On the rare occasions that Pansori is performed in London I always get a sense of disappointment. The Pansori Night at the Cadogan Hall as part of K-Music was no exception, though there were mitigating factors.
With a pansori the whole point is the story that unfolds before you. You know where the story is headed, but like a river that is flowing to the sea, you might sometimes be surprised at the detours that are made, the little eddies of detail that delight and divert you on the way to your ultimate destination. And once your destination is finally reached, you get a sense of release and relief as all the loose ends of the narrative are resolved and you get the assurance that everyone (or at least those who deserve it) will live happily ever after.
Imagine the disappointment of a child who is told she is going to be taken to an evening of fairy tales, and then all she gets is a description of how Jack planted some magic beans, or how Goldilocks ate three bowls of porridge only the last of which was to her liking, and you’re getting close to what Pansori night was. We were given a tiny excerpt from three different stories, but taken out of the context of the complete tale they lacked point, no matter how entertainingly they were performed.
Compare and contrast with a performance that took place in Paris two days beforehand: a complete performance of the Song of the Sea Palace – all five hours of it, according to Nam Sangil, though he may have been exaggerating – as one of the early events of L’Année France-Corée. Yes, I know the French are a cultured lot, and they are much more prepared to watch films with subtitles than us barbaric Brits. But are we really so uncivilised in London that we can’t cope with more than 20 minutes of a pansori tale? If we can sit through a Ring cycle (with or without surtitles) or a complete Iliad, why not the tale of Chunhyang? Whatever, I wish I’d known about the Paris performance in advance, because that’s something I would have got on the Eurostar for.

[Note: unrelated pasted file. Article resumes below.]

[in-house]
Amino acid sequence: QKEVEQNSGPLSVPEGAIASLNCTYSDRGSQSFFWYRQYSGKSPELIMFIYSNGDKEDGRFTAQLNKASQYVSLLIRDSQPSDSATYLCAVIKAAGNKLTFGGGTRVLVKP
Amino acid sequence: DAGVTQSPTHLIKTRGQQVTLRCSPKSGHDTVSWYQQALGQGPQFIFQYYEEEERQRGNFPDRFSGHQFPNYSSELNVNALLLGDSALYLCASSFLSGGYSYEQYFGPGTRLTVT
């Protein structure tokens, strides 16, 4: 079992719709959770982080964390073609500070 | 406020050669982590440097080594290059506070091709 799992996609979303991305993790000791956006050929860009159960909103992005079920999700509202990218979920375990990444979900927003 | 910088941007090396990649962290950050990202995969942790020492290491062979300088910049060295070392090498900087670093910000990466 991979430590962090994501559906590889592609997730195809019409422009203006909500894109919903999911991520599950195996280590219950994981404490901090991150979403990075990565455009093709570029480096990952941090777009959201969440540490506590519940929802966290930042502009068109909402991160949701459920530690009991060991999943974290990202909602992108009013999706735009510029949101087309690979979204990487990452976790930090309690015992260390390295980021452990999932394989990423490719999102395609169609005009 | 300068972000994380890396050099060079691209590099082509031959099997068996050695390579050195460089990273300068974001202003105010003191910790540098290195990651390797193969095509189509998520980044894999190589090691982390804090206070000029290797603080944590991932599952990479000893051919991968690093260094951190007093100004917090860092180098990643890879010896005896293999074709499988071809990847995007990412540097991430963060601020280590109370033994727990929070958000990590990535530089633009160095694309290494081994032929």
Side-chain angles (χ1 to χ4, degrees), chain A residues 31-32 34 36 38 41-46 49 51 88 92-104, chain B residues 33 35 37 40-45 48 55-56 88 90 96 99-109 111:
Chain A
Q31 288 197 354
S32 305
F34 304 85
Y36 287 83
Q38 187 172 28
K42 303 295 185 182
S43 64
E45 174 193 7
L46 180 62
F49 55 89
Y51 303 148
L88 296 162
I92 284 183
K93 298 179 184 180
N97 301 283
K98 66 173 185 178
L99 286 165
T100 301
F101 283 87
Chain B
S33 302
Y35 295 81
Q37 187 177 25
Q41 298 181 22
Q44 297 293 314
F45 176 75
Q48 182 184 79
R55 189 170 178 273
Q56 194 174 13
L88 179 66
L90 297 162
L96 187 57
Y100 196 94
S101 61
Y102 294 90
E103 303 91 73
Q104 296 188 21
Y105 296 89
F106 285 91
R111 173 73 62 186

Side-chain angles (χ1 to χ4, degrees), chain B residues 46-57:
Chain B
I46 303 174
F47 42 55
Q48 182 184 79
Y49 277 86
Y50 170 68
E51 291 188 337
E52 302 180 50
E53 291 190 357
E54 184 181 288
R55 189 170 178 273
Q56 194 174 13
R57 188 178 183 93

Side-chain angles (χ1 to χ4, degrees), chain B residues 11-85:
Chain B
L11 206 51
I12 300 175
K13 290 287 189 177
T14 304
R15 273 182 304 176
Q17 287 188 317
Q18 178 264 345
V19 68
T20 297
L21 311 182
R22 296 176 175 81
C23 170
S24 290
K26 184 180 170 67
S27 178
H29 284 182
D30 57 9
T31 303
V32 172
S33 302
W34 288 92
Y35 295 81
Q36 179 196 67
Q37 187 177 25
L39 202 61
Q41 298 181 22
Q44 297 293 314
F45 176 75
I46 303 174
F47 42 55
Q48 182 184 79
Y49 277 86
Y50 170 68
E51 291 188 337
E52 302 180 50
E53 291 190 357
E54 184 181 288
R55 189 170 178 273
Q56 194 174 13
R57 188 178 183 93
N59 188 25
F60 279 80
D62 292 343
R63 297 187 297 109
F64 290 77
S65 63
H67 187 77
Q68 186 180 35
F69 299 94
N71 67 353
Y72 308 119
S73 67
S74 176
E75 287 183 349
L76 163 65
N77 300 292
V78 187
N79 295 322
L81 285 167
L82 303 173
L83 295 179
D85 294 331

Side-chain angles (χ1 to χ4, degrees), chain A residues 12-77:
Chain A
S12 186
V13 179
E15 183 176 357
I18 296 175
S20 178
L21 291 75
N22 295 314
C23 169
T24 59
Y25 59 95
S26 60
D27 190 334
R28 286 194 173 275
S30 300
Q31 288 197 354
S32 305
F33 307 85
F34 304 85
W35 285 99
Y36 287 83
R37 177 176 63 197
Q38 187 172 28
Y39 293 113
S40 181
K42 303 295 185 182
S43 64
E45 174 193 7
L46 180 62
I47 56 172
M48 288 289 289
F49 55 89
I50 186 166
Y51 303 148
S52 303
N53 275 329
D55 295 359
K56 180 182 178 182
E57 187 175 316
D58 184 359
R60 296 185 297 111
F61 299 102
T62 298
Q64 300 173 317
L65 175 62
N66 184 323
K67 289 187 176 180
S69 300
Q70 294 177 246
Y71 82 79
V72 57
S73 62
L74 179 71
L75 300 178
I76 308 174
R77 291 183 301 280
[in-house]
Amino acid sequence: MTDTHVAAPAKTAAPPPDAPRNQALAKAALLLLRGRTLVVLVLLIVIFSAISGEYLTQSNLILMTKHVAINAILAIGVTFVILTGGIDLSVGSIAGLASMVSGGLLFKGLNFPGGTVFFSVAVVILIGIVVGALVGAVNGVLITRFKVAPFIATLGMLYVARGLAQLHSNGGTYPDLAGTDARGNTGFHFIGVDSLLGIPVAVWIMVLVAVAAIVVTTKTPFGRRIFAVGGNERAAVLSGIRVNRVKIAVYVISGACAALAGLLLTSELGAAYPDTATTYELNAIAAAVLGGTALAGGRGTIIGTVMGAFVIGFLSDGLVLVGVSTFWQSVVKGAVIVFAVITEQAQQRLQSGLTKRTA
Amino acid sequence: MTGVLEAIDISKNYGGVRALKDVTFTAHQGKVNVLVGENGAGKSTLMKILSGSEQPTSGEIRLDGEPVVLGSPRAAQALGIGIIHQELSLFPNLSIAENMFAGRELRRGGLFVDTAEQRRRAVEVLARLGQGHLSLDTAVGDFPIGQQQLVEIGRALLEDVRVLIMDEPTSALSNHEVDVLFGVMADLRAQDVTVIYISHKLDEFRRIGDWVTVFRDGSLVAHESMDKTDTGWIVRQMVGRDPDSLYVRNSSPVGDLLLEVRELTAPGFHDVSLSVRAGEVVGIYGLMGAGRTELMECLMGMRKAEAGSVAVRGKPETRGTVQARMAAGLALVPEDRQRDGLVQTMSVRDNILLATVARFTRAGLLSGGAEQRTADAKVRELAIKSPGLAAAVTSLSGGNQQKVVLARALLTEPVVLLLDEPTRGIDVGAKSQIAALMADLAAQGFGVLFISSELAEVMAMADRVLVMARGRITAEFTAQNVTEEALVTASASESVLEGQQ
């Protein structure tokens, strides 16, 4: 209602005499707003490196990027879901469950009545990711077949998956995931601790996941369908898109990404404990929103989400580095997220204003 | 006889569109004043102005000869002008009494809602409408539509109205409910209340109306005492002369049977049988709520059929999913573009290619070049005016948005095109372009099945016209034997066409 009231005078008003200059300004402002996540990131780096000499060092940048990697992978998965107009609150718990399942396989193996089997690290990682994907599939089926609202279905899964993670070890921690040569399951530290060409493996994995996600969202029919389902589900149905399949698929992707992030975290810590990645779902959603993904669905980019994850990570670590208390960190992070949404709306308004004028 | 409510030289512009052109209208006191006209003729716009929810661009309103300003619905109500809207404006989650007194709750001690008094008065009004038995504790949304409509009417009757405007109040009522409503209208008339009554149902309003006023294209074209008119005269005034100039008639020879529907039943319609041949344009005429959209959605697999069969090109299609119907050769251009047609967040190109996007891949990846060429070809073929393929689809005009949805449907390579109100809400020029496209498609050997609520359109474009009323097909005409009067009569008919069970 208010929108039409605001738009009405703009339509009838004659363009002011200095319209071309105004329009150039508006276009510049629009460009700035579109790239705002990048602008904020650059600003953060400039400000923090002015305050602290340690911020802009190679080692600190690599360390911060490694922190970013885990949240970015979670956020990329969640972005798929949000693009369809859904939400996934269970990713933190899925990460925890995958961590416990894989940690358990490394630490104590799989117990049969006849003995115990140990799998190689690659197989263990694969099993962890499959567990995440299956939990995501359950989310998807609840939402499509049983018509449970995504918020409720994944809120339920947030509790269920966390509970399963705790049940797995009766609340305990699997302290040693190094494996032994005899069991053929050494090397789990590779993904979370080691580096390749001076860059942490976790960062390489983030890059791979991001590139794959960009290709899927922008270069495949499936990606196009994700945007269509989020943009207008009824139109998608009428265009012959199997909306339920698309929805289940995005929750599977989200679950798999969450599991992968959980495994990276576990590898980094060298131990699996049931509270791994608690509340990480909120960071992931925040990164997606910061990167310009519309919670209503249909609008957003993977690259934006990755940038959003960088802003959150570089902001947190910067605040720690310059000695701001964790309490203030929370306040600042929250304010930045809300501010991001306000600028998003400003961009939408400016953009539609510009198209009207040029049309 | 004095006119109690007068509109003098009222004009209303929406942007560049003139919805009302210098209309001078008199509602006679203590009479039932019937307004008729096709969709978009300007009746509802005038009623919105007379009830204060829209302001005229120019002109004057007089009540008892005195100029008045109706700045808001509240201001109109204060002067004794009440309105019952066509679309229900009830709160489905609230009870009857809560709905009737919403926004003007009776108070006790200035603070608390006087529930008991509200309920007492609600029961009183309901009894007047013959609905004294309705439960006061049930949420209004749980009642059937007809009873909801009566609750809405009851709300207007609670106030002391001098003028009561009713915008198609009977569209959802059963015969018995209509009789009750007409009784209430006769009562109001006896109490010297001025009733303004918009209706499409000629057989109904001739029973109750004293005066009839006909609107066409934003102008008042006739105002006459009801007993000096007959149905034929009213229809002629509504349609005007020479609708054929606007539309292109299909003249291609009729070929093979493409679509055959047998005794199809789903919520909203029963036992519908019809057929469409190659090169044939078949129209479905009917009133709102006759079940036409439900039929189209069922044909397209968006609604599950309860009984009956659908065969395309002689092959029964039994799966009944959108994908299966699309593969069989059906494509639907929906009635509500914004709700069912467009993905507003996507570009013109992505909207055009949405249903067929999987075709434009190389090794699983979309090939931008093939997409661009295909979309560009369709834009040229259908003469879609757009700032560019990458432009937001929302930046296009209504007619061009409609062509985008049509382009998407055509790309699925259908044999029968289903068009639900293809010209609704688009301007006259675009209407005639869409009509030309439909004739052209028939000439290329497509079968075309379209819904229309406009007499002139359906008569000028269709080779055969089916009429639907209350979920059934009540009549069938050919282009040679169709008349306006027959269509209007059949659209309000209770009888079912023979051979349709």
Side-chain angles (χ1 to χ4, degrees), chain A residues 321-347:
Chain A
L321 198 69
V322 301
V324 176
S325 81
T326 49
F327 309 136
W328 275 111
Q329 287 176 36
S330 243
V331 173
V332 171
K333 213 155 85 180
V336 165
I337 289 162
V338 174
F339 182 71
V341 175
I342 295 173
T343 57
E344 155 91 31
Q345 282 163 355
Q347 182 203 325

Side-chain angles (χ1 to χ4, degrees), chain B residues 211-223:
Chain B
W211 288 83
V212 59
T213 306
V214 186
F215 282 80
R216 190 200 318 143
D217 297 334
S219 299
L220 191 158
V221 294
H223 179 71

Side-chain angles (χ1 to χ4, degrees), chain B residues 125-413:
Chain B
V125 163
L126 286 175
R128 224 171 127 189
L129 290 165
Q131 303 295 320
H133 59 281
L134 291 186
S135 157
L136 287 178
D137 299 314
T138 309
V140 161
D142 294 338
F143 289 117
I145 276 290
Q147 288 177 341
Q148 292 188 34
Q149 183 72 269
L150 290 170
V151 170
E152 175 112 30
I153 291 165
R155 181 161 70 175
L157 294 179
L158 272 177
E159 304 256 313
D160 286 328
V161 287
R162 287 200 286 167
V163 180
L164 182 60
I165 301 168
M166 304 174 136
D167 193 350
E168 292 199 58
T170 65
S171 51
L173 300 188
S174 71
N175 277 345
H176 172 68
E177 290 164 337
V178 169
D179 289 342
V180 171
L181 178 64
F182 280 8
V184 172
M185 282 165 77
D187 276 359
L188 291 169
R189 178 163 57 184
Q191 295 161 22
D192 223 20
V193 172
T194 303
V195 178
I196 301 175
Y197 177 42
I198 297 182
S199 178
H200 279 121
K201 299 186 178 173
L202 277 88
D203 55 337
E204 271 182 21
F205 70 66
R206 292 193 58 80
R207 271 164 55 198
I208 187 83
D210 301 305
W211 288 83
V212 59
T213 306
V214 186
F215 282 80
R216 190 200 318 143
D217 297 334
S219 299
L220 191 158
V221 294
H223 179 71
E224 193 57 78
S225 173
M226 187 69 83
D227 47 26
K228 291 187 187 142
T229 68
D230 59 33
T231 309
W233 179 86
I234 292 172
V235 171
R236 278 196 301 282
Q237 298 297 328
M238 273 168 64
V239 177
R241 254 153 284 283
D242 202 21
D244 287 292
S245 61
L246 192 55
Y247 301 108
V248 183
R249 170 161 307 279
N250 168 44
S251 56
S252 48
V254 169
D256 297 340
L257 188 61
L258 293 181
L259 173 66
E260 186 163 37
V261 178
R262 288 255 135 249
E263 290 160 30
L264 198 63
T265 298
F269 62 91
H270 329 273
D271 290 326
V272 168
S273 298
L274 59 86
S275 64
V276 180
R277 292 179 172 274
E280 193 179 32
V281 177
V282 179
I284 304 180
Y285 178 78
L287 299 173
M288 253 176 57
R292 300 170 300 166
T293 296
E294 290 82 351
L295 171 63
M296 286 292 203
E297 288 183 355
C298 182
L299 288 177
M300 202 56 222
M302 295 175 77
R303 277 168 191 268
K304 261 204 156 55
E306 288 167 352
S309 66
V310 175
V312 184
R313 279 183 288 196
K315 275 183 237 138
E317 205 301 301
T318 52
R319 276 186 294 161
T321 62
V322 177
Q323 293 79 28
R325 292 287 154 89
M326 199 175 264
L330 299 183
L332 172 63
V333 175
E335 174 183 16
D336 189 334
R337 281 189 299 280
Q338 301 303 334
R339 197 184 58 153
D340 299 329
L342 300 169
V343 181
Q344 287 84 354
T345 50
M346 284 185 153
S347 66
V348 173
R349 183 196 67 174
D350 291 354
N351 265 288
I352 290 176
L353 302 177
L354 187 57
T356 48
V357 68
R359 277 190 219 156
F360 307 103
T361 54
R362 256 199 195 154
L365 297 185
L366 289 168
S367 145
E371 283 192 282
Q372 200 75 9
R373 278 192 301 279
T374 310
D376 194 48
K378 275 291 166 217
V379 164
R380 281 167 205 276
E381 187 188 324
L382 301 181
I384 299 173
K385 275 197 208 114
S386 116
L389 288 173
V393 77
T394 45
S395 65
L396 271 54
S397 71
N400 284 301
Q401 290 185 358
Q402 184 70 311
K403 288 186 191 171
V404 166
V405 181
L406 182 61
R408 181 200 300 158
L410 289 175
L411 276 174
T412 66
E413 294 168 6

Back to the Cadogan Hall. Each half of the concert started with a dance which may or may not have been your thing. For me, as you might expect from the quiet rant above, I’d rather the time had been devoted to pansori instead. No complaints, of course, as to the quality of Choi Jisun’s choreography and performance.
Then to the main event. We had an episode from the Song of the Sea Palace (Sugungga), performed straight with just singer Nam Sangil and drummer Jun Kyeyoul; a brief passage from another pansori in which Park Aeri was joined by her body-popping husband Hyunjoon – and this was so entertaining that we could have done with a whole evening of it as they had a very special chemistry together on stage; and a changgeuk-style performance of part of Shimcheongga in which the roles of Shim Cheong and her blind father were allocated to the two singers and the accompaniment was bolstered with an ajaeng played by Bae Reon. This also worked very well and was dramatically satisfying as it was the final resolution where the blind man finally regained his sight.
It was all wonderful stuff. There just wasn’t nearly enough of it.